This scheme was approved by the Court of Appeal in Coupal v. Strata Plan LMS2503,  B.C.J. No. 2313 (B.C.S.C.), revd 332 W.A.C. 273 (B.C.C.A.).
A bylaw adopted under exception (e) above does not apply to an assessment for greater than annual expenses (e.g. a major repair bill).
Now, lets muddy the waters. The owners in the Strata Corporation adopted a “fair allocation” formula without a unanimous vote of owners and it has applied this formula to the allocation and assessment of operating and contingency reserve fund expenditures over a period of many years. This substitute formula is operating as the norm, until one day an owner questions whether or not this substitute scheme complies with the Act.
Then the fur flies. The owners are divided and chaos reigns. One faction argues that the historical scheme must prevail. The other faction argues that the statutory Schedule of Unit Entitlement formula set out in the Act prevails. One group of owners has underpaid and the other group of owners has overpaid. Who wins?
The Act does not permit the Strata Corporation to unilaterally implement a substitute scheme that differs from the statutory Unit Entitlement Formula. Unanimous resolutions are virtually impossible thresholds to achieve, especially after the fact. One group smells blood and a potential wind fall, while the other group feels victimized.
The scope of legal advice that a strata lawyer can provide to the Strata Corporation in this situation is extremely limited. The options include:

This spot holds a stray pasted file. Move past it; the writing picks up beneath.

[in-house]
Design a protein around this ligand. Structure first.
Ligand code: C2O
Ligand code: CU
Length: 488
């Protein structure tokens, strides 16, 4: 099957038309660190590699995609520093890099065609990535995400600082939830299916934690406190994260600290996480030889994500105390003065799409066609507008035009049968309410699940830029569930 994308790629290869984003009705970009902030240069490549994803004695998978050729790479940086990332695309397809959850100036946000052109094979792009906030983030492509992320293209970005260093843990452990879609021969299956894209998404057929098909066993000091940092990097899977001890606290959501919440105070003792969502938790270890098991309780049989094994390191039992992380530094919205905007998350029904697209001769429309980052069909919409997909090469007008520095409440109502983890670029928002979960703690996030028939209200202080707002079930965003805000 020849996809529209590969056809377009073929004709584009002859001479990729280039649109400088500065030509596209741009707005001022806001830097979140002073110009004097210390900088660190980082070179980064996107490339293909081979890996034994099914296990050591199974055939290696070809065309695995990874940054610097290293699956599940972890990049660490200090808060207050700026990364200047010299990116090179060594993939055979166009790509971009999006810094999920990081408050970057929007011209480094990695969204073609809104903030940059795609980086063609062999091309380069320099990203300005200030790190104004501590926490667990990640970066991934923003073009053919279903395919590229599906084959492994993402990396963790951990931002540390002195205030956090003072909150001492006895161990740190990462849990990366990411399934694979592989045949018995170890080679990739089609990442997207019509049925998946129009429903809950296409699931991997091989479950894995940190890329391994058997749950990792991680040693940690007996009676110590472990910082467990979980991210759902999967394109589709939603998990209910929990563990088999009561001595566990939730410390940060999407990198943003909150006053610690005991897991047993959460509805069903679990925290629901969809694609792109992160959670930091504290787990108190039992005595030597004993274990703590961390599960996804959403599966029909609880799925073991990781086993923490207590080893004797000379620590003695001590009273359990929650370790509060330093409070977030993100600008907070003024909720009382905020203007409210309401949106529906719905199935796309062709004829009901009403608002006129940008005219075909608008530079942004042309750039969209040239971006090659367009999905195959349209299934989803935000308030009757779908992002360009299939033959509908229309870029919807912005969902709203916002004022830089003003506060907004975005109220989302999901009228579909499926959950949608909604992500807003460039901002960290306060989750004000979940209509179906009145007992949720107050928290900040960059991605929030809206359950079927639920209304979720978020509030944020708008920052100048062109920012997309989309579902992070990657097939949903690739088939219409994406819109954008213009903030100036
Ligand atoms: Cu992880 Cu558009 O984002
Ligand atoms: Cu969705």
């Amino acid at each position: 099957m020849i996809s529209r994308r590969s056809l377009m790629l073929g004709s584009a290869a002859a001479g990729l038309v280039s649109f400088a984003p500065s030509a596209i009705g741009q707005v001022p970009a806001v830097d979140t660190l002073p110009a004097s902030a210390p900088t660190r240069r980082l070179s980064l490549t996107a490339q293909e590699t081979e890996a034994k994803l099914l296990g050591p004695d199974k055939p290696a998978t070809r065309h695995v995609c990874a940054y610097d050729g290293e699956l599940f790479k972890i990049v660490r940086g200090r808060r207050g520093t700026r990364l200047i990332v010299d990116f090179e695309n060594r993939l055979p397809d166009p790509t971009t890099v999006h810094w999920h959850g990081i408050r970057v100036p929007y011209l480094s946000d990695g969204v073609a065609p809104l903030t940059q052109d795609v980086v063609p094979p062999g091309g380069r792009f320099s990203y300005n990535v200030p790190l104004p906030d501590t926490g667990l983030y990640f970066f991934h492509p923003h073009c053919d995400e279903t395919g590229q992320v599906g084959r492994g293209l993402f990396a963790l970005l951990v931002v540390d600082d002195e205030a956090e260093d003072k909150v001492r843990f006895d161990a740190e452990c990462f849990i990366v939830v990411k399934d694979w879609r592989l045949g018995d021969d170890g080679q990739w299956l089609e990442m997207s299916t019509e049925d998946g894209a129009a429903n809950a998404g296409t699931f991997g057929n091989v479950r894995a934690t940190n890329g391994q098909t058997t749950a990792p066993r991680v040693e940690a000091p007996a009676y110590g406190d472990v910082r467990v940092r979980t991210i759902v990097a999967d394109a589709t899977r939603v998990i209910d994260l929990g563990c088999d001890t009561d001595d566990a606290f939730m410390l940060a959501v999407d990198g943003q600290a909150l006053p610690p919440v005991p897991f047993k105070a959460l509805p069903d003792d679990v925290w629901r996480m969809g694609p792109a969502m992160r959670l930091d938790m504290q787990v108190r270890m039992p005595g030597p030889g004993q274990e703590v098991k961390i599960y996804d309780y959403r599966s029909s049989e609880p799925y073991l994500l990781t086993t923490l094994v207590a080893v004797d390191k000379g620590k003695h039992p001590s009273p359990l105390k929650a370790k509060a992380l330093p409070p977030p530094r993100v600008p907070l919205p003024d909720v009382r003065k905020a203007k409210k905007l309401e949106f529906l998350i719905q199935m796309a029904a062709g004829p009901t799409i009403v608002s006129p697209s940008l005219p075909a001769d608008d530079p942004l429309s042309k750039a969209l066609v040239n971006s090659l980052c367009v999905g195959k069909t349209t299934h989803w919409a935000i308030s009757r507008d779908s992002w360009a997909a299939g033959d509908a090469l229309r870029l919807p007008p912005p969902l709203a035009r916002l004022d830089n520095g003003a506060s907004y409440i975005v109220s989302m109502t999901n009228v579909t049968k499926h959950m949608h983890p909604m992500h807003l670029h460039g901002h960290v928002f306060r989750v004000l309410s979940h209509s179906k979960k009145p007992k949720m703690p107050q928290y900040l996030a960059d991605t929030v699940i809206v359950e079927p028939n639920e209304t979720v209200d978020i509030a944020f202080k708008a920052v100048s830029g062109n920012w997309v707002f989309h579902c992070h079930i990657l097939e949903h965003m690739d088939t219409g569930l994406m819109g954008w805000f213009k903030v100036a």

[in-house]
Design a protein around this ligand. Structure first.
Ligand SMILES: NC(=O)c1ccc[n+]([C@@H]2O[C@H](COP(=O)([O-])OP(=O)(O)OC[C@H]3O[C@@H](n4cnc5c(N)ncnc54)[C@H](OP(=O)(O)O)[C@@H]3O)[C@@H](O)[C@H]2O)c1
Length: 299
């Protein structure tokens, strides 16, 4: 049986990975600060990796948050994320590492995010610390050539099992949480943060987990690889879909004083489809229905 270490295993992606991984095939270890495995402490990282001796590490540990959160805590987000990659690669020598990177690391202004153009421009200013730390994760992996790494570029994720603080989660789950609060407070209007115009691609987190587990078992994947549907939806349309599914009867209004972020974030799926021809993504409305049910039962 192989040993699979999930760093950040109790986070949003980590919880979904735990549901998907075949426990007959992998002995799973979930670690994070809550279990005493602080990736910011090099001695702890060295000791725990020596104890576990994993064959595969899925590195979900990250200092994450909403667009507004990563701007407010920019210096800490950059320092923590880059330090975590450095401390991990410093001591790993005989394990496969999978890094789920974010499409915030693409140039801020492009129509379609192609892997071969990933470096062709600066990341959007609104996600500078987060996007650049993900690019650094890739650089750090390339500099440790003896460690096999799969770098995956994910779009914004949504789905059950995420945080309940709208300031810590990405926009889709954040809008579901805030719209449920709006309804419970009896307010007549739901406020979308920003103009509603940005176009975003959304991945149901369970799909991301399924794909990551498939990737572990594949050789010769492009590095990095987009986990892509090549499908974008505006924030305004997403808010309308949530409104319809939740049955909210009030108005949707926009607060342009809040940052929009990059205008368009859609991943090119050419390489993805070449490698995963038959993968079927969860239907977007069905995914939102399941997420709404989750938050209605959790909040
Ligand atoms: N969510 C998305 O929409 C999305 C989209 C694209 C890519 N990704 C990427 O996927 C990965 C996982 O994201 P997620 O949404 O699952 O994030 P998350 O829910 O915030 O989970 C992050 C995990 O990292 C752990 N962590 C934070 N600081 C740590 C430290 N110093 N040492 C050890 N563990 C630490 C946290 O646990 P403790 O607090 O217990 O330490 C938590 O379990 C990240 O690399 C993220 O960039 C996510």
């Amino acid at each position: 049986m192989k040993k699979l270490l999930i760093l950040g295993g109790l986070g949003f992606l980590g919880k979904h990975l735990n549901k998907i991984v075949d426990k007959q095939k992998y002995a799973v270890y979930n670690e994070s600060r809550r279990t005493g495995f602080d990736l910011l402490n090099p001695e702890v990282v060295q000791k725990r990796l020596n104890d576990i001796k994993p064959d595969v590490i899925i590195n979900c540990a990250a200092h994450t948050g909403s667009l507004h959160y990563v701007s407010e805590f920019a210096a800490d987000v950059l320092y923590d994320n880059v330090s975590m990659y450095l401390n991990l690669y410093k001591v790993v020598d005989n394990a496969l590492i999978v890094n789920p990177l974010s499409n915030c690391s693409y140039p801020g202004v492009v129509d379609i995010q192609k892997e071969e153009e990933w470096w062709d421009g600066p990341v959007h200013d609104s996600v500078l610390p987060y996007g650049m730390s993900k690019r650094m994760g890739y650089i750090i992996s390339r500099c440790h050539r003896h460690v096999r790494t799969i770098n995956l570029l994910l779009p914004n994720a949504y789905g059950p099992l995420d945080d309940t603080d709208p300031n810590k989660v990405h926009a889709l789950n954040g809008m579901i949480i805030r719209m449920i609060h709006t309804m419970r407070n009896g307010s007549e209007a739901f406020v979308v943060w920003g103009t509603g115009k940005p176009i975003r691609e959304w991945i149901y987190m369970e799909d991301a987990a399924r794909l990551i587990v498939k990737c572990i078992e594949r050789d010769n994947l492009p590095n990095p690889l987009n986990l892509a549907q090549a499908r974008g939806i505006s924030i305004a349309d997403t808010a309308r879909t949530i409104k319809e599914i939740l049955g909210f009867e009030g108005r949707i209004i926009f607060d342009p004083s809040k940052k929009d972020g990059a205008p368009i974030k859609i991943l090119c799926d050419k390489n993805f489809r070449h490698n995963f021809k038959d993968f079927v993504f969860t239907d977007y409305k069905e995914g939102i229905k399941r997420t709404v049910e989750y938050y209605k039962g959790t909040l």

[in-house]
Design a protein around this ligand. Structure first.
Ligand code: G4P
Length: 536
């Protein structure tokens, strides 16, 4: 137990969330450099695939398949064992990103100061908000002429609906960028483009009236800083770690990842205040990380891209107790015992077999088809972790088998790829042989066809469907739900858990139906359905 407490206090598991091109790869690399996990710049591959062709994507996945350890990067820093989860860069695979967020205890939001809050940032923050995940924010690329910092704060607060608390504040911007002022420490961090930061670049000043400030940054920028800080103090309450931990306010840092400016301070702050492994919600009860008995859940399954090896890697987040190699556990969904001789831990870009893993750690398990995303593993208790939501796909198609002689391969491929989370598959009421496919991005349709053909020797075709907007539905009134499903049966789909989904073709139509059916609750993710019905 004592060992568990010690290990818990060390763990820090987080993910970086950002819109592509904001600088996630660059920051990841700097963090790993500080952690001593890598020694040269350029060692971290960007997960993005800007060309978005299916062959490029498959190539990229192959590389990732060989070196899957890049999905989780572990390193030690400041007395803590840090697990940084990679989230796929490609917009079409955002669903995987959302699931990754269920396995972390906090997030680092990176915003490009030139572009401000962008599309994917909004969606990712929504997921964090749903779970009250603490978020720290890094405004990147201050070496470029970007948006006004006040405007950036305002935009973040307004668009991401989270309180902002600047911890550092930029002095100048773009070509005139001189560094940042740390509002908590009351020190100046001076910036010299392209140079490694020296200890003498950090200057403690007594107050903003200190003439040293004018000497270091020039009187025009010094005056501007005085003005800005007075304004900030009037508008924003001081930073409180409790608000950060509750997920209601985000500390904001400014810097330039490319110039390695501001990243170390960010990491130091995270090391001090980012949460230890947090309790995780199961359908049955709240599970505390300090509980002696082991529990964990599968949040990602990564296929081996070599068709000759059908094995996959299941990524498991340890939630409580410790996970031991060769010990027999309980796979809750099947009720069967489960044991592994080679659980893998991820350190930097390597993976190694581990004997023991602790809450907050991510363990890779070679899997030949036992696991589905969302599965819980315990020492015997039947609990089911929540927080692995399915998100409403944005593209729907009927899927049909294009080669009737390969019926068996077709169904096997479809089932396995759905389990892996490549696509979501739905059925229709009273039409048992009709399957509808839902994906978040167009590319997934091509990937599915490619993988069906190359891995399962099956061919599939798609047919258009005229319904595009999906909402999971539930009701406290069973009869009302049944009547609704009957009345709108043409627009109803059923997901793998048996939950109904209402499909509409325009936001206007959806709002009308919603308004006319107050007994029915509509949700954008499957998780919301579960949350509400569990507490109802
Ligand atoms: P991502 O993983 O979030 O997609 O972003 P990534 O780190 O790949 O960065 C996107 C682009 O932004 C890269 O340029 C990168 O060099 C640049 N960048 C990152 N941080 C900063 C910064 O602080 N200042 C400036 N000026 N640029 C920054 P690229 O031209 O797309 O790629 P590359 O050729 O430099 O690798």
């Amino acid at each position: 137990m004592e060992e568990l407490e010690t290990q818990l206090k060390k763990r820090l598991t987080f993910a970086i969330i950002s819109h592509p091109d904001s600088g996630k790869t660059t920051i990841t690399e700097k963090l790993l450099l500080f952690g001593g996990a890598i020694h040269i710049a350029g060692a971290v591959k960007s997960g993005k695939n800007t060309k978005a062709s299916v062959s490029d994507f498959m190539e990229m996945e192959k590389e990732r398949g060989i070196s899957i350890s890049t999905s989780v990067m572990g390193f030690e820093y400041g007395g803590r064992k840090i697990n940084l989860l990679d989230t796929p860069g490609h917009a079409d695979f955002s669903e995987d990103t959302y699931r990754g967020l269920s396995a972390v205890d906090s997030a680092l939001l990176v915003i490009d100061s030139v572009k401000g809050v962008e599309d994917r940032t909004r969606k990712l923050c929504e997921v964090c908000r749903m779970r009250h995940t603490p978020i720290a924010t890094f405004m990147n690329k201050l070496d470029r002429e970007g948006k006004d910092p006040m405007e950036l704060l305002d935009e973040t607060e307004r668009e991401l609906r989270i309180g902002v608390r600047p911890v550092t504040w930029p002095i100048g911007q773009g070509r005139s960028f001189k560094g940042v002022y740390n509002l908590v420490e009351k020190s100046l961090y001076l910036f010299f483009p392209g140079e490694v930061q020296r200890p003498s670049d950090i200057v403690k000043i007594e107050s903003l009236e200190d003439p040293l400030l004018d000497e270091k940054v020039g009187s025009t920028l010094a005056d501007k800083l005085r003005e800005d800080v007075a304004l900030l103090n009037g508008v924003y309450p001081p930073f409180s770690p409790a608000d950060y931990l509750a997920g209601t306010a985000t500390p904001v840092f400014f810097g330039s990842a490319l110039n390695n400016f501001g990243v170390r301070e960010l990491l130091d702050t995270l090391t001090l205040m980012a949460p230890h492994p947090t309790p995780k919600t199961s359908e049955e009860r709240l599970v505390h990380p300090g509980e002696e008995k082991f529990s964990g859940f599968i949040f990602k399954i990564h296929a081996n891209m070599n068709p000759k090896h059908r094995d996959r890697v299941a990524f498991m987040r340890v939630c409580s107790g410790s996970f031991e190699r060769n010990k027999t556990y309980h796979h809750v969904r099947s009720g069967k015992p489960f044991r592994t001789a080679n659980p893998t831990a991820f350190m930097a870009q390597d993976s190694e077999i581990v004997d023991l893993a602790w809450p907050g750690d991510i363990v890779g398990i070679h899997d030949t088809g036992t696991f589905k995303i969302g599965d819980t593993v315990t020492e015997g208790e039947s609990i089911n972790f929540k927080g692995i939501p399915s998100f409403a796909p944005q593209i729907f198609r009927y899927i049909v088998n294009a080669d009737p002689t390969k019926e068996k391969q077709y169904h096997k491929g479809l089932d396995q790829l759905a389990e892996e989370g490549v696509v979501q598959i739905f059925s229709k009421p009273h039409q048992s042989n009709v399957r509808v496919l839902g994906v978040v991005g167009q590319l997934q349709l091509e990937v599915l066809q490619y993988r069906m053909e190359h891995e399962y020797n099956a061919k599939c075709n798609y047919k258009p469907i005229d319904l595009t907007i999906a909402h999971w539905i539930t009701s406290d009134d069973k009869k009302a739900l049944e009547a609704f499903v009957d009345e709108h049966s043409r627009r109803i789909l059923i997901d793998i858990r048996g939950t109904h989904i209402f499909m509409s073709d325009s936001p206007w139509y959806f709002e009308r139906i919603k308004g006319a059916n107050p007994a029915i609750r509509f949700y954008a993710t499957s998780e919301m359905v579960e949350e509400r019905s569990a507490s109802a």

1. create sections, if this option is available;
2. seek a unanimous resolution to approve historical practice and if it fails, then resort to the Schedule of Unit Entitlement Formula (someone will always be unhappy);
3. apply to court under s. 246 of the Act, but this remedy is only available to correct an inaccuracy on the plan; or
4. wait until an owner challenges the allocation, but this is not a viable option since it means the Strata Corporation is operating contrary to the law.
Legal advice typically directs the Strata Corporation to exhaust its political remedies (unanimous vote and/or sections, if applicable) and if this fails, then the Strata Corporation must comply with the law.
If Unit Entitlement prevails, what do we do about past contributions? Owners buy and sell. Strata lots are foreclosed upon. Someone screams foul and if the dissatisfaction is deeply rooted, the potential for a law suit by an owner looms.
Absent a political solution, most of the available options involve legal proceedings, which can be lengthy, divisive, uncertain and extremely expensive.
Strata councils are advised to seek legal advice before implementing a seemingly equitable assessment of expenses. The consequences far outweigh any benefits. If you question whether or not an expenditure has been properly assessed, you should seek advice from a qualified strata lawyer as soon as practically possible.
The best cure for a violation is prevention.